This week’s episode is all about failure. After last week’s action-packed, info-dump-y episode, now we’re given a chance to let it sink in and see what all of these consequences mean for our beloved Clone Club, et al. I’m not sure it can get much lower than this.
Spoilers for this week and trigger warning for suicide after the jump.
Man, just when I thought things were looking up for everyone, Orphan Black reminds me that no one is safe and nothing is okay. Take note, Game of Thrones: this is how that concept works without all that unnecessary misogyny.
Trigger warning for a mention of suicide and spoilers for this week after the jump!
I’ve been behind on my Orphan Black-watching, and all I could remember from last season was a confusing blur and some vague plot points. It was, therefore, a pleasure to sit down and watch the first four episodes of this season in one fell swoop this week, ending with Thursday night’s “From Instinct to Rational Control”. The storytelling this season has been on point and I’m excited to see where we go from here.
If last week’s season premiere was a bit of a prequel, this week we’re back with Sarah Manning (and company) in the present. Last season the plot progressed into complication after complication, adding a whole new set of clones. With Season 4, it seems like we’re traveling back in time, down through the rabbit hole, back to the beginning. Two episodes in, it seems like a good choice. So what are Sarah, Alison, Cosima, Helena, and the lot up to?
Here at LGG&F we like our romance with a side of geek, and this year we are bringing you a ship list to make any fangirl swoon! Yep, it’s Valentine’s Day, that sickeningly sweet holiday when our authors nominate and then vote on ships for our Top 20 Romantic Couples in Geekdom (10 Canon/10 Fanon) list. Many were nominated, but only a select few made the cut.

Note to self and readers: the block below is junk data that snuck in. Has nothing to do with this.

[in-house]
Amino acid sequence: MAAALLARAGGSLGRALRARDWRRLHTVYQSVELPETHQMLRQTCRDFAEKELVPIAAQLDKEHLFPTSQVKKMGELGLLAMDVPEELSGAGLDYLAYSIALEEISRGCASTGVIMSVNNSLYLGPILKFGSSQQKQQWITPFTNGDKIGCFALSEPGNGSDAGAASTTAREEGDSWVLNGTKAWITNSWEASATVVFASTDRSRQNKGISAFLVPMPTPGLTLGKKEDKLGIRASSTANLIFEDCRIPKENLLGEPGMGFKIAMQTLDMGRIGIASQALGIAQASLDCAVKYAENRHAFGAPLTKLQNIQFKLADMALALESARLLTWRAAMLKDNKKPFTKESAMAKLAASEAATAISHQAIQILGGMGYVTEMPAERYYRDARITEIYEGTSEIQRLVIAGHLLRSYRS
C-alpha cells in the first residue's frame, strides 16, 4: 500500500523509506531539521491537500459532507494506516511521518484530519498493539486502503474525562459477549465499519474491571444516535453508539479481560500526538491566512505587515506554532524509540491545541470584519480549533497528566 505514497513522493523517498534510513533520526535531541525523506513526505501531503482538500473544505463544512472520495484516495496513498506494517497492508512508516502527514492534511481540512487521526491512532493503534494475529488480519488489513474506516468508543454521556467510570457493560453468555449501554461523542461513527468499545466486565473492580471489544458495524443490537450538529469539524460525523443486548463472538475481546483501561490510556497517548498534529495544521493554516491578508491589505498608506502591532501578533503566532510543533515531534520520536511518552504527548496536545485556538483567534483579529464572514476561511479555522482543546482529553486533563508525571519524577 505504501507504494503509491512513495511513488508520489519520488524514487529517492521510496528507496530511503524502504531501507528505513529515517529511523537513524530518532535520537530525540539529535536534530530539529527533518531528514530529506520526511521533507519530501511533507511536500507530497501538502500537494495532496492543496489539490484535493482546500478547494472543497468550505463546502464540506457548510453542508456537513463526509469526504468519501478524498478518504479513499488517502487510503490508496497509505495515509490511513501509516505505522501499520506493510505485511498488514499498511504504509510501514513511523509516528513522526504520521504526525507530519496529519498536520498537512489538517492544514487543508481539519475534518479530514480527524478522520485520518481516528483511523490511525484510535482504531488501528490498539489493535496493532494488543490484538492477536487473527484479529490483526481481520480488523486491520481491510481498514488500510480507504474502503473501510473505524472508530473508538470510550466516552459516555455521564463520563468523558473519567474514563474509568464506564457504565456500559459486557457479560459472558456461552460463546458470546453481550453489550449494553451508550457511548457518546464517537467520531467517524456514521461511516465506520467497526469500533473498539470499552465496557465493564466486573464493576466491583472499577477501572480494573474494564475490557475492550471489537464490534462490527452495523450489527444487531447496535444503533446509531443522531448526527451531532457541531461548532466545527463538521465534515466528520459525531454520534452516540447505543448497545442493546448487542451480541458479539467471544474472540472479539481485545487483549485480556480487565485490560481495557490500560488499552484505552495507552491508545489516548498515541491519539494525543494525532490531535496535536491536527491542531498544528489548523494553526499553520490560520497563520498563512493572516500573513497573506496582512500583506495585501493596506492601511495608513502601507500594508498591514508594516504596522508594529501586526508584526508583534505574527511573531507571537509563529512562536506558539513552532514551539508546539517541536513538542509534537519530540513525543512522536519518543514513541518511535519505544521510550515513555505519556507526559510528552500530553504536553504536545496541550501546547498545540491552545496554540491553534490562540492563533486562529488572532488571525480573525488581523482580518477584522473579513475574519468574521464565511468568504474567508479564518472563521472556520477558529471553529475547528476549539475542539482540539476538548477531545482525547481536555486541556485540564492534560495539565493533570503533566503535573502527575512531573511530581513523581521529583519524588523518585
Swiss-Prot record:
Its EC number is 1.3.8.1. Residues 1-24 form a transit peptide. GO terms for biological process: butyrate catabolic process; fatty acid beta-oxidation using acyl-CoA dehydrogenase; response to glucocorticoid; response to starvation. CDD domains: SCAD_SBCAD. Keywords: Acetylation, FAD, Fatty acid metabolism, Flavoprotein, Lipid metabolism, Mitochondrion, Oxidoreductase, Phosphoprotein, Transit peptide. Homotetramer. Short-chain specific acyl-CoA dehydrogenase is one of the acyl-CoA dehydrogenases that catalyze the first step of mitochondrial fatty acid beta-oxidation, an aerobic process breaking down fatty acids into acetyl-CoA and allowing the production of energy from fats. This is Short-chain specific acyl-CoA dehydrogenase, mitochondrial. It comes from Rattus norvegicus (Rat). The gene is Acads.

It’s no secret that I love Stargate SG-1—it’s got aliens, mythology, and some kickass female characters. Unfortunately, Stargatestill hasa lot offailings, and watching Orphan Black has brought to my attention at least one more thing that Stargate has done wrong. About halfway through the show, we meet the System Lord Ba’al. Like other Goa’uld, he’s a parasitic creature that has taken over an innocent person’s body called a symbiote. Eventually, when the Goa’uld start losing power, Ba’al tries hiding out on Earth for a bit. While there, he gets the bright idea to clone himself, and the entire storyline never sat well with me.
To start, the whole cloning thing just seemed like a cheap copout to have our villain be in multiple places at once and allow our heroes to kill him over and over and over again without actually getting rid of his character. When I was younger, I also had some concerns for how the show handled this from a more moralistic point of view, and as I said, it wasn’t until watching Orphan Black that I realized exactly what was so wrong with this storyline. For a show that’s so focused on bodily autonomy, I don’t think anyone really thought through the implications of having one of their villains clone himself.
A while ago we had a post discussing female protagonists who are being watched over/controlled by men/patriarchal organizations. Buffy The Vampire Slayer and Orphan Black were primary examples. Today, I would like to expand on the ideas of that post and talk about a subset of this type of female characters—female characters who are not only overseen by men/organizations (often patriarchal, though perhaps not always) but are also raised to be killers and assassins against their will. I’m a bit torn when it comes to this type of character. On one hand, these women are complex and their tragic backstories allow for character development and growth. But on the other hand, the misogynistic undertones in their arcs are troubling.
Spoilers for Orphan Black, Killjoys, Firefly, and Doctor Who below the jump. Also, trigger warning for child abuse and self-harm.
It’s summer! We passed the solstice on Sunday, and the season finally turned, meaning we can leave behind a nerd culture spring that was unusually dark and full of terrors. The spring seasons of Game of Thrones, Agent Carter, and Orphan Black have all come to a close, and the MCU will pass from the Age of Ultron to the Age of Ant-Man.
And while that list has some peaks and valleys in terms of quality, there has been a real unifying theme: the realms of science fiction and fantasy have become truly effing bleak.
via Hawkeye #2
In genres long renowned for escapism, we have become obsessed with escaping into nightmares.
Greetings, Clone Club! We’re now in the final stretch of Season 3; this episode really packs in the twists to set up the last two episodes of the season. While Alison and Donnie play babysitter, a three-way power struggle ensues between Clone Club and its sympathizers, and we get to meet a new clone! Spoilers after the jump, of course!